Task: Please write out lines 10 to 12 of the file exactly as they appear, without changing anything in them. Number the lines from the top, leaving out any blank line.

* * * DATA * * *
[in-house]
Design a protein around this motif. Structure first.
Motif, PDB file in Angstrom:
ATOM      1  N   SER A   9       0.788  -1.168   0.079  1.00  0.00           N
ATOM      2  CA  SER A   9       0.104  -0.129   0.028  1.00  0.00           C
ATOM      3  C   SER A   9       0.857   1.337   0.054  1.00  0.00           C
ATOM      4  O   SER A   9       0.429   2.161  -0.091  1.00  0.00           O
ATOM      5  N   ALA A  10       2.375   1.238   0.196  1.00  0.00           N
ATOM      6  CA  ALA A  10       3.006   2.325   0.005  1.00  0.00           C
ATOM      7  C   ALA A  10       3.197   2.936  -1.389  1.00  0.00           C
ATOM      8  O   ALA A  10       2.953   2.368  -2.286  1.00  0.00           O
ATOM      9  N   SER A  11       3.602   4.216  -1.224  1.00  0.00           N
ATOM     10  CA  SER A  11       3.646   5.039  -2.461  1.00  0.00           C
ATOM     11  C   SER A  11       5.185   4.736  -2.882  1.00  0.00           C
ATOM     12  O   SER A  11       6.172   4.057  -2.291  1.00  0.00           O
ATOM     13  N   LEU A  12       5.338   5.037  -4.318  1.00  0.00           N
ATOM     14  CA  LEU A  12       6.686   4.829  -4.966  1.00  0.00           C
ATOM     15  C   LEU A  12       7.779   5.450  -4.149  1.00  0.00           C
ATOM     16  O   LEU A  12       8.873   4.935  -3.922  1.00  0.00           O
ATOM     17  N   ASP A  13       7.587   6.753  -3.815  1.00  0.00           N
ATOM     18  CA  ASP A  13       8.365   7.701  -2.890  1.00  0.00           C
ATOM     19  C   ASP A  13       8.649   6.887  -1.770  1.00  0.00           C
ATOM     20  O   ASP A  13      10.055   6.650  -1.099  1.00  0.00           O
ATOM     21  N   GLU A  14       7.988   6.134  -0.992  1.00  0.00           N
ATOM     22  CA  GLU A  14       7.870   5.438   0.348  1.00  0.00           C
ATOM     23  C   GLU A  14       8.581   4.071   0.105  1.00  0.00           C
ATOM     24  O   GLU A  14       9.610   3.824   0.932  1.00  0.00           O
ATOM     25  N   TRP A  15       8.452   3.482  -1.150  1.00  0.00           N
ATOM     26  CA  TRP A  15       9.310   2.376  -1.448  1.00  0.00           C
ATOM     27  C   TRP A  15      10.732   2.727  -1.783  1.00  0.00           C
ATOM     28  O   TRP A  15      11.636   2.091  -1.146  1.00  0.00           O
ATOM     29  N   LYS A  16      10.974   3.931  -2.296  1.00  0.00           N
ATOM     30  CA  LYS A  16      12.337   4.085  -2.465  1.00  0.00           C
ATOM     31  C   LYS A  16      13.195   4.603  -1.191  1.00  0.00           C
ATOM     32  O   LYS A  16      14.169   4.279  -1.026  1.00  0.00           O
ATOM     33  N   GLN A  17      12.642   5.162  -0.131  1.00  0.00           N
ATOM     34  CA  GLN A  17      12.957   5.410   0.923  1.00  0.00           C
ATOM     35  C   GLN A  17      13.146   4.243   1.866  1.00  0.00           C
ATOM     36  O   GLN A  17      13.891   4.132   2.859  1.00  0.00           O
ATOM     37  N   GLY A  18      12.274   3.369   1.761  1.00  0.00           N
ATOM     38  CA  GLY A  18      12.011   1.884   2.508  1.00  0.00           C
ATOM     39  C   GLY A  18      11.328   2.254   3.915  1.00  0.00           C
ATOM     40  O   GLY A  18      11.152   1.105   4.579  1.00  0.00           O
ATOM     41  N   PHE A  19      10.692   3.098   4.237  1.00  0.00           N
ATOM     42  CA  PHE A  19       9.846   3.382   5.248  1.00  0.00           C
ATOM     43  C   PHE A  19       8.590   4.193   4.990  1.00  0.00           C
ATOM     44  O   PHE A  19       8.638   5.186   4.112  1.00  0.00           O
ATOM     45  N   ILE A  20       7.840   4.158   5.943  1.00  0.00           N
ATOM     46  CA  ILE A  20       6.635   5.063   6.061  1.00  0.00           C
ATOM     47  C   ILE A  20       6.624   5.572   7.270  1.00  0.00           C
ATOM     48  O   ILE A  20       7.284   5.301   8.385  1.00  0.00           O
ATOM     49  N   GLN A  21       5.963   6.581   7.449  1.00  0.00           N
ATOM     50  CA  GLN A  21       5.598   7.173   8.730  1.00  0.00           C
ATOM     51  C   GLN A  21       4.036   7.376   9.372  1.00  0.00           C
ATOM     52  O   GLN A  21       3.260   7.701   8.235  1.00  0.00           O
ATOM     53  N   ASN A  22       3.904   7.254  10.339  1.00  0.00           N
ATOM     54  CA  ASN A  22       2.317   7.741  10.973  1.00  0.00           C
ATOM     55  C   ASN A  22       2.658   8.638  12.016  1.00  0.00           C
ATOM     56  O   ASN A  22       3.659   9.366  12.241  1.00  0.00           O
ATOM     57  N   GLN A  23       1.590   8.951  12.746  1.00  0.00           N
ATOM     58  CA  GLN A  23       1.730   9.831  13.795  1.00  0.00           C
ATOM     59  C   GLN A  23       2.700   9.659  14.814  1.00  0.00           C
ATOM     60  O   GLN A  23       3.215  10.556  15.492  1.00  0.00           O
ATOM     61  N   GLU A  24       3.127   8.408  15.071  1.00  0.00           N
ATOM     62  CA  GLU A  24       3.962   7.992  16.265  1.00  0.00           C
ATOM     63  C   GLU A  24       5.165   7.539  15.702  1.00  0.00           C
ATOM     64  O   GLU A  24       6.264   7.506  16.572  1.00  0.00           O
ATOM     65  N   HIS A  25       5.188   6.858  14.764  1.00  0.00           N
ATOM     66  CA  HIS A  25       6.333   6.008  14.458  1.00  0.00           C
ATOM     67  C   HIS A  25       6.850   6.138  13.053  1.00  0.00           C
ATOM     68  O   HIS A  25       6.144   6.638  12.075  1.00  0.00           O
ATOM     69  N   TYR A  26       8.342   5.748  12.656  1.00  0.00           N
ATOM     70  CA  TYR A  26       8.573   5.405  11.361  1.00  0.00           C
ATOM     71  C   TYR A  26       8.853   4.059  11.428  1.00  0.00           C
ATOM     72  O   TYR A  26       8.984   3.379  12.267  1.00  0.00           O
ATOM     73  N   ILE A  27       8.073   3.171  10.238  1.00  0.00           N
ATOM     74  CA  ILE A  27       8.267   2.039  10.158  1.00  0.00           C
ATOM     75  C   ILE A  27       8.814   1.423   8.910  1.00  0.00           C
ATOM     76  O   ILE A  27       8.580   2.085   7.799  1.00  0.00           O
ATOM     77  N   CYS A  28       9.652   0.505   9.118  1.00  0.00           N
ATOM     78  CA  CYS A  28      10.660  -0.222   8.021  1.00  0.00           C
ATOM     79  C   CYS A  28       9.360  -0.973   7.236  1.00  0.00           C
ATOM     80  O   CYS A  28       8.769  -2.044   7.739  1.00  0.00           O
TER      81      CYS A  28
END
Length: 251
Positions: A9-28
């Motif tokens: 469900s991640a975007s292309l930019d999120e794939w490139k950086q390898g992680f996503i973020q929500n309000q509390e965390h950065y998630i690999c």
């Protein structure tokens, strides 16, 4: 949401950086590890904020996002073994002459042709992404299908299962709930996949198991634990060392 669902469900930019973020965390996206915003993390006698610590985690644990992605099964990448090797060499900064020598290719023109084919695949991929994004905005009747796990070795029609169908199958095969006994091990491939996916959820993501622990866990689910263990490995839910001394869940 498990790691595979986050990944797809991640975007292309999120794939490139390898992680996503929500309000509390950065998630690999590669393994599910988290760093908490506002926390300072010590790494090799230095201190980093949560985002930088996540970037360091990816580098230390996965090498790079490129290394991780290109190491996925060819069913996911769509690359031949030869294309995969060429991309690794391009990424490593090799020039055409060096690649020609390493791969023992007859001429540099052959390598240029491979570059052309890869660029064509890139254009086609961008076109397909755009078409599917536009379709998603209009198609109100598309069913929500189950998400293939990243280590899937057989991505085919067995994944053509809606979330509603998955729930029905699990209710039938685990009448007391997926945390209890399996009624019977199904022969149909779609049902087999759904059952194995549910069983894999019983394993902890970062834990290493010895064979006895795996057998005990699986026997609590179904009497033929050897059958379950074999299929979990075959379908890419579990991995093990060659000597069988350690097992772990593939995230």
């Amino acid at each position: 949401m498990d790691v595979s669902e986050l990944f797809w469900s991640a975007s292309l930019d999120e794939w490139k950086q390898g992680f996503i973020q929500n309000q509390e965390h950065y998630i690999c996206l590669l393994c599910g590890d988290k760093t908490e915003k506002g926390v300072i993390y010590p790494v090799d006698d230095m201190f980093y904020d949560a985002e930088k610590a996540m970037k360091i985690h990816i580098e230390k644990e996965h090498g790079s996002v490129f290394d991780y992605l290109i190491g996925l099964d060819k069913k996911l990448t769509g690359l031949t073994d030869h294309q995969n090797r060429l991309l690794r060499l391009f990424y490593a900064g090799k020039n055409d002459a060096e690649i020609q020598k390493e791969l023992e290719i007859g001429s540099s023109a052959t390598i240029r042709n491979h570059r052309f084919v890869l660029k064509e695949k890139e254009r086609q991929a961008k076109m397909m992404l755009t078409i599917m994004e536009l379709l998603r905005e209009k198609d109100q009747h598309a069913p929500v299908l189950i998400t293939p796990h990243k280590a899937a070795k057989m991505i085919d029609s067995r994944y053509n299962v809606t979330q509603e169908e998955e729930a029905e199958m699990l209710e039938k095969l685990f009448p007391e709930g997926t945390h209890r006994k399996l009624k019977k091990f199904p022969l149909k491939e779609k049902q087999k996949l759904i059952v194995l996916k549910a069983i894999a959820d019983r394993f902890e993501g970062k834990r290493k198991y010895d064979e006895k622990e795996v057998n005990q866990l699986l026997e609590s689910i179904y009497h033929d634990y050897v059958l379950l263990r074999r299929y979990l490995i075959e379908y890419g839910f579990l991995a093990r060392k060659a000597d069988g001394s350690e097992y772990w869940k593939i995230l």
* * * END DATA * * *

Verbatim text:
ATOM      7  C   ALA A  10       3.197   2.936  -1.389  1.00  0.00           C
ATOM      8  O   ALA A  10       2.953   2.368  -2.286  1.00  0.00           O
ATOM      9  N   SER A  11       3.602   4.216  -1.224  1.00  0.00           N